1.  Now, there is a serious issue as to opportunity costs ... you argue, strongly, that every penny into renewables is wasted compared to a penny into nuclear power.  My perspective is that we are wasting a whole lot of pennies on subsidizing fossil foolish industries and energy inefficient practices/behaviors/investments. Slashing those subsidies and putting a fee on carbon would provide significant resources for EE/RE, nuclear power, RDT&E, other climate change mitigation, and climate change adaptation.  

      Blogging regularly at Get Energy Smart NOW! for a sustainable energy future.

      by A Siegel on Fri Jul 09, 2010 at 06:53:43 AM PDT

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    •  By the way ... (3+ / 0-)
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      RunawayRose, Lawrence, JayDean

      as to those 3 billion people, in many situations, solar is actually a quite cost effective path to have them save money to gain improved energy services.  Examples include solar lighting to replace kerosene lamps, integrated cooking including solar cooking, solar systems for irrigation ... Away from grid, especially, small solar systems can provide a meaningful bump upwards in energy services while cutting fossil fuel & wood burning.

      PS: Do you really need to dump so many "Amory Lovins/et al" are evil cut & paste comments?

      Blogging regularly at Get Energy Smart NOW! for a sustainable energy future.

      by A Siegel on Fri Jul 09, 2010 at 07:02:35 AM PDT

      [ Parent ]

      •  My answer to the last question is yes. (0+ / 0-)

        History is marked by big lies that resulted in vast tragedy because no one challenged them.

        I'm certainly ambivalent about both Cicero and Churchill.   Yet both men were indefatigable, in any context, about remarking on what they saw as the prime evils of their times.

        Let's play "Godwin's Law."

        My boy and I often discuss Stalin and Hitler.   We have a little running joke about my familial disipline, which goes, "Napoleon, Hitler, Stalin...Dad."  Recently I saw a historian discuss the Stalin v. Hitler on CSPAN-3 and he determined that it was ethically better to side with Stalin, since Stalin "only" killed roughly 30 million people, and, though Hitler killed fewer, had he won he would have certainly killed more, probably the entire population of the Soviet Union had he, and not Stalin, won the war.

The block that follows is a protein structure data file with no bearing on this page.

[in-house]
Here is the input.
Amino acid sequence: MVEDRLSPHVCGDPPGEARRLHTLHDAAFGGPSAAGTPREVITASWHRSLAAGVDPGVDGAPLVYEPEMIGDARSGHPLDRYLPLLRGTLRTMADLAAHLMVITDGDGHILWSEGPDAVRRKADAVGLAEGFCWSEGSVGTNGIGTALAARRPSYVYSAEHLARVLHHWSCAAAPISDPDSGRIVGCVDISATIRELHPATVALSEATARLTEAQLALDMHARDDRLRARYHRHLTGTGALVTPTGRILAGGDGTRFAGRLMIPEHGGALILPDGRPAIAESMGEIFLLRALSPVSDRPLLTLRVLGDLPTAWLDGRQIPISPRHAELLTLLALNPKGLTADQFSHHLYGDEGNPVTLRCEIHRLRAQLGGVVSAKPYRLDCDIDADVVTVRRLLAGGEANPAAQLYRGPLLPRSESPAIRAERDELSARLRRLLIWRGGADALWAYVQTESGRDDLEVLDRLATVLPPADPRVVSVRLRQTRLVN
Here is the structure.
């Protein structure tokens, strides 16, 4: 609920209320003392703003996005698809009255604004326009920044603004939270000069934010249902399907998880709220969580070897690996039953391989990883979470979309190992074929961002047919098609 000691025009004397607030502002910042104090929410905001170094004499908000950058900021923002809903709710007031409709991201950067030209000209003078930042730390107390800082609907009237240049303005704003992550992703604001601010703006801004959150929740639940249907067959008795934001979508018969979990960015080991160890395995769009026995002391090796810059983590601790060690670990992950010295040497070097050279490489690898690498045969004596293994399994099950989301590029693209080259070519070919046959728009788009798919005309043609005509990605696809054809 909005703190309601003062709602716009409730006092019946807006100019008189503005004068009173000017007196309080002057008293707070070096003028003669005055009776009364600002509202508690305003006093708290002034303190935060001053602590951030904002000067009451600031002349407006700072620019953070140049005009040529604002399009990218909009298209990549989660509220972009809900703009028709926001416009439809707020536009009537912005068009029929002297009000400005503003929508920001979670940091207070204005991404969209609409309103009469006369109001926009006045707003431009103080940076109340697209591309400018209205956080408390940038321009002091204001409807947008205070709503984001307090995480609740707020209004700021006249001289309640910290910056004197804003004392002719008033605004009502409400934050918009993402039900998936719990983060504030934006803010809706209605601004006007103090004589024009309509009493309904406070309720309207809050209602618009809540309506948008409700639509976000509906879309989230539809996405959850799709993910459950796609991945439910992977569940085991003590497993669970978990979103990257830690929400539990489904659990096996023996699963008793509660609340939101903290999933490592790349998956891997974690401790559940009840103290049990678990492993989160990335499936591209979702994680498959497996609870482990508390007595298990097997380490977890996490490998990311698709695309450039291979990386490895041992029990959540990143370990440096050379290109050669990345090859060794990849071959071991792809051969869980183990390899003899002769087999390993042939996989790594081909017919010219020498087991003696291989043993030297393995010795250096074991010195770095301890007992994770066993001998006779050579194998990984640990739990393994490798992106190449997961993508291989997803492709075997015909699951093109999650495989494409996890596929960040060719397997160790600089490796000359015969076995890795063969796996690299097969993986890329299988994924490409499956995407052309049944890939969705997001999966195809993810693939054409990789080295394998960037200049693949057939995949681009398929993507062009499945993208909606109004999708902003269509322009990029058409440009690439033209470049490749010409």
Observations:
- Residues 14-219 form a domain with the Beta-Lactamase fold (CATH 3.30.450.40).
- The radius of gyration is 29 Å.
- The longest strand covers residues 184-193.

As much as I hate everything Stalin represented, I have to agree.

        Lovins is openly funded by the dangerous fossil fuel industry.   It's not like he's keeping a secret.   The quotation comes from his website after all.

        If his ideas are allowed to prevail, in opposing the world's largest, by far, source of climate change gas free energy, the death toll will be many thousands of Banqiaos, not that any one actually understands what Banqiao was.

        If Lovins pablum at been challenged by someone more significant than I, much earlier than now, might not the level of benzene in Gulf fish be lower?

        I think so, but I also think that much worse is about to come.

        I see Lovins as an evil person and have no compunction against repeating it, much as Cicero repeated at the end of every speech, even those about building public baths, with the words "Carthage must be destroyed."

        •  Look ... (2+ / 0-)
          Recommended by:
          RunawayRose, JayDean

          I would value more substantive challenge of Lovins rather than the reciting of who he has consulted with.

          In the 'Silver Dust' spectrum, what if his / RMI's consulting was / is 'how to do piping more efficiently at a refinery so that the process is X% less polluting'?

          That would fit within the RMI focus on leveraging efficiency, across the economy.

          E.g., the list of contracts isn't necessarily damning depending on what those contracts involved.  

          And, you (and others) have highlighted how Lovins' projections have been off in significant arenas. You tackle him re his nuclear power stance(s). Etc ...  

          Again, I'd like to see the substantive rather than the vitriolic.

          PS:  And, well, when it comes to natural gas proponency, you might want to look at CAP’s American Fuel: Contaminated on so many levels.  (You might also appreciate FRACK YOU, Mother Earth ...)

          Blogging regularly at Get Energy Smart NOW! for a sustainable energy future.

          by A Siegel on Fri Jul 09, 2010 at 09:16:57 AM PDT